EDITOR’S NOTE: After this story went to print, Stone Crosby PC clarified that the firm was not “paid” an additional $513,000, but has held onto $502,250.53 “until it’s time to deposit it into the court as part of an interpleader action.” Associate attorney Lauren M. Collinsworth explained: “In order to assist the Revenue Commissioner with the process of interpleading the funds, the Revenue Commissioner sends the funds to Stone Crosby, P.C. and we hold that money in our trust account until it is time to interplead the funds into the Court.” Lagniappe regrets this error.
In the year since the Baldwin County Commission abruptly switched legal representation due to repeated conflicts of interest, receipts to its county attorney have soared more than 200 percent, but Revenue Commissioner Teddy Faust said it’s for good reason.
In November 2019, after a nine-year affiliation, the commission parted ways with Blackburn & Conner PC, citing the firm’s tendency to recuse itself from important discussions due to conflicting legal relationships. For their final 11 months of work, Blackburn & Conner was paid $293,212.05. On the other hand, in the first 11 months of 2020, the county paid its new firm, Stone Crosby PC, $893,277.60.
But according to county receipts, $513,000 of that amount has been for “excess land sales” rather than “legal services,” an expense Blackburn & Conner never billed for. Faust said the line item is reimbursement for Stone Crosby’s work in getting tax-delinquent properties off the county’s books, and the additional payments reflect their “outstanding job.”
In 2018, the State Legislature passed a bill allowing the county to hold tax lien sales, as opposed to selling delinquent properties for tax. Under the old model, the county would have an auction on properties for which taxes were unpaid and sell them for the taxes, plus 12-15 percent interest of the appraised value of the property. If the owner chooses to redeem the property within the three-year period before the title changes hands, they would have to pay the amount of taxes owed, plus the interest paid on the sale and any interest accrued in the three-year period.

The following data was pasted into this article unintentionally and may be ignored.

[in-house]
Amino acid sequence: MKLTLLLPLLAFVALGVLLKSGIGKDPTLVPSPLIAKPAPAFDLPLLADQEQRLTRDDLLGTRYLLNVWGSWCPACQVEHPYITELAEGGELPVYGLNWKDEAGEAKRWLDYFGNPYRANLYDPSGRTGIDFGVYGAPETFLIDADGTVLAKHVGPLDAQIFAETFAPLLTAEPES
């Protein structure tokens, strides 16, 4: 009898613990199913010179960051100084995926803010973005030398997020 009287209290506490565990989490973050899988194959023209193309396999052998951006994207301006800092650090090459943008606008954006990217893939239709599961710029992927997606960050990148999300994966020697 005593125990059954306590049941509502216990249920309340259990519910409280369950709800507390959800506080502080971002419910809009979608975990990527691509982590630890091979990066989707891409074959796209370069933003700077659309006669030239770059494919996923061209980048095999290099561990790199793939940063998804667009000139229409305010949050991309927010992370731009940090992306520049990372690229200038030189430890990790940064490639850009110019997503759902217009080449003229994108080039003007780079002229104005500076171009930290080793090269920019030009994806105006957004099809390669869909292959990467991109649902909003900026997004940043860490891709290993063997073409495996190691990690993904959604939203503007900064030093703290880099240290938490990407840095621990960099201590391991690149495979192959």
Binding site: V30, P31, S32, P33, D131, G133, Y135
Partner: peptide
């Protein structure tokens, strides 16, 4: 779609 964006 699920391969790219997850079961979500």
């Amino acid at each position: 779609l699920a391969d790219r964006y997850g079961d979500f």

Under the new model, which Faust said is fairer for the property owner, the county holds tax lien auctions where investors bid on the amount of taxes owed only, with interest beginning at 12 percent and declining to 0 percent.
Under the last tax sale using the old model, the county yielded just under $200,000 in property tax but held over $8 million in excess funds, essentially “managing money for investors,” Faust explained. The new model allows the county to transfer the funds “to who it rightfully belongs to.”
“That money was more of a burden than anything,” he said.
For its part, Stone Crosby charges an hourly rate and “has done numerous filings with the courts,” Faust said. “It’s a complex legal process but I’ve been very pleased with them getting this done, because it’s been like an albatross for us.”
As far as standard legal services for the county, between Jan. 1, 2015 and Nov. 5, 2019, Blackburn Conner was paid a total of $1,787,645.11, or an average of $357,529 per year. In comparison, Stone Crosby has been paid $418,158.79 this year for the same type of legal work, although county spokeswoman Sherry-Lea Botop said that uptick is justified by an increased workload this year.
“This has been an exceptionally challenging year,” she said. “The COVID-19 pandemic and multiple hurricanes created a need for much more legal support as the county traversed complexities around everything from [personal protective equipment] to hurricane recovery. If you factor in all of this, the legal fees are likely much less this year than past years. Response times have been extraordinarily fast as well.”
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